Safer workplaces needed to stem injury rate among workers with disabilities
Researchers found workers with disabilities are "significantly more likely to experience both non-occupational and occupational injuries than those without disabilities."
Appearing in the American Journal of Public Health, the study found the rates of nonoccupational and occupational injuries among workers with disabilities were 16.4 and 6.0 per 100 workers per year, respectively. That compared to rates of 6.4 and 2.3 per 100 workers for workers without disabilities.
"Outreach programs that teach U.S. workers with disabilities occupational safety and health skills could play a significant role in preventing injuries," said Dr. Huiyun Xiang, the study's coauthor and principal investigator in the Center for Injury Research and Policy at Nationwide Children's Hospital.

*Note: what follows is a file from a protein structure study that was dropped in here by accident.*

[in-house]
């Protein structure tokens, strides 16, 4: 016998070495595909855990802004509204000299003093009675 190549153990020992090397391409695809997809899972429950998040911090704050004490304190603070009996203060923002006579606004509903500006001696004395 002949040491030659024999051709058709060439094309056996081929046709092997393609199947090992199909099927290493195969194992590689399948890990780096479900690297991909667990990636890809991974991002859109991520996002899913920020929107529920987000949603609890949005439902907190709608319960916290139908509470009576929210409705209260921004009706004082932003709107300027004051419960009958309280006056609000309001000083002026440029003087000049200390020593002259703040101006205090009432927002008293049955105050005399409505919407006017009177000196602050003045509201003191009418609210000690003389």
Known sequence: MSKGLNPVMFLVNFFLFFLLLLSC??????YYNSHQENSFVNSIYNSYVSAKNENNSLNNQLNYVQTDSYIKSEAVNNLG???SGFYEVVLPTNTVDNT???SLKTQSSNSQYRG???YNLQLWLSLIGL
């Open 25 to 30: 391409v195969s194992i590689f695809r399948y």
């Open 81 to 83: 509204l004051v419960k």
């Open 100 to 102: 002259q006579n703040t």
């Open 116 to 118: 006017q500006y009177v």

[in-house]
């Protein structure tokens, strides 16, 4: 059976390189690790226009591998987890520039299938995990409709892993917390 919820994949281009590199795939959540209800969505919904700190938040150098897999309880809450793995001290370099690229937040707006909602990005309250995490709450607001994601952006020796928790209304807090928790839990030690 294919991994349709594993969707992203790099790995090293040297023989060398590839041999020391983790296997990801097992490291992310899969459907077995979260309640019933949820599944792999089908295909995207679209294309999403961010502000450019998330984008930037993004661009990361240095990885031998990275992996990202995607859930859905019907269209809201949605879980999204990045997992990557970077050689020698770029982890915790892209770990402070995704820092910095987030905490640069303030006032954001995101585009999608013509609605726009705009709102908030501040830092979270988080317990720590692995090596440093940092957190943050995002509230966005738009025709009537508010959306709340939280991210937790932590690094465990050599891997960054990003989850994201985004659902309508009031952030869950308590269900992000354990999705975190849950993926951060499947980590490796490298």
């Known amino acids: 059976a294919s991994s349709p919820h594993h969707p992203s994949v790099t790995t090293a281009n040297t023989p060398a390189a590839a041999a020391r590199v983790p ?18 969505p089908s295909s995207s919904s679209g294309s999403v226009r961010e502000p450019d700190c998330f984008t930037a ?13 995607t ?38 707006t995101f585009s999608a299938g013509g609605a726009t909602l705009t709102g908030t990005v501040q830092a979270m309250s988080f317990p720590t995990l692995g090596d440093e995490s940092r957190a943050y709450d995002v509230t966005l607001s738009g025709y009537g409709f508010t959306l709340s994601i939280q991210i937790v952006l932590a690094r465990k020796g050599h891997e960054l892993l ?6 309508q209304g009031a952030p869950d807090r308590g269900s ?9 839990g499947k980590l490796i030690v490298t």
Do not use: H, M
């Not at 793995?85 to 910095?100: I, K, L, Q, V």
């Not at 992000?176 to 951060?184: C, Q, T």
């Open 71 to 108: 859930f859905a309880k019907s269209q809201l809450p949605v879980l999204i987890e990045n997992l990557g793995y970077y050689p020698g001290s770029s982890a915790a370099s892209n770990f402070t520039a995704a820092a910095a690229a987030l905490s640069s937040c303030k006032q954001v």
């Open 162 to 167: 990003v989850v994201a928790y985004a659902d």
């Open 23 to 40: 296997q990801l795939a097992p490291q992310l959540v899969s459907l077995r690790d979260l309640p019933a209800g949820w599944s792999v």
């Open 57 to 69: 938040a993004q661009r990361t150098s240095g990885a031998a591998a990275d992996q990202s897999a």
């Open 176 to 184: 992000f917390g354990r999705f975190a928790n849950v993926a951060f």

The researchers examined data from the 2006-10 National Health Interview Survey, which used computer-assisted personal interviews. The CIRP teamed up with researchers from Ohio State for the study.
Falls and transportation were the leading mechanisms of injury for both occupational and nonoccupational injuries among both groups of workers.
Thus, improving the safety of the working environment will help to not only reduce the occurrence of fall and transportation-related injuries among workers with disabilities but will also benefit those without disabilities, the authors said.
Read more at the WorkersComp Forum homepage.
September 20, 2012
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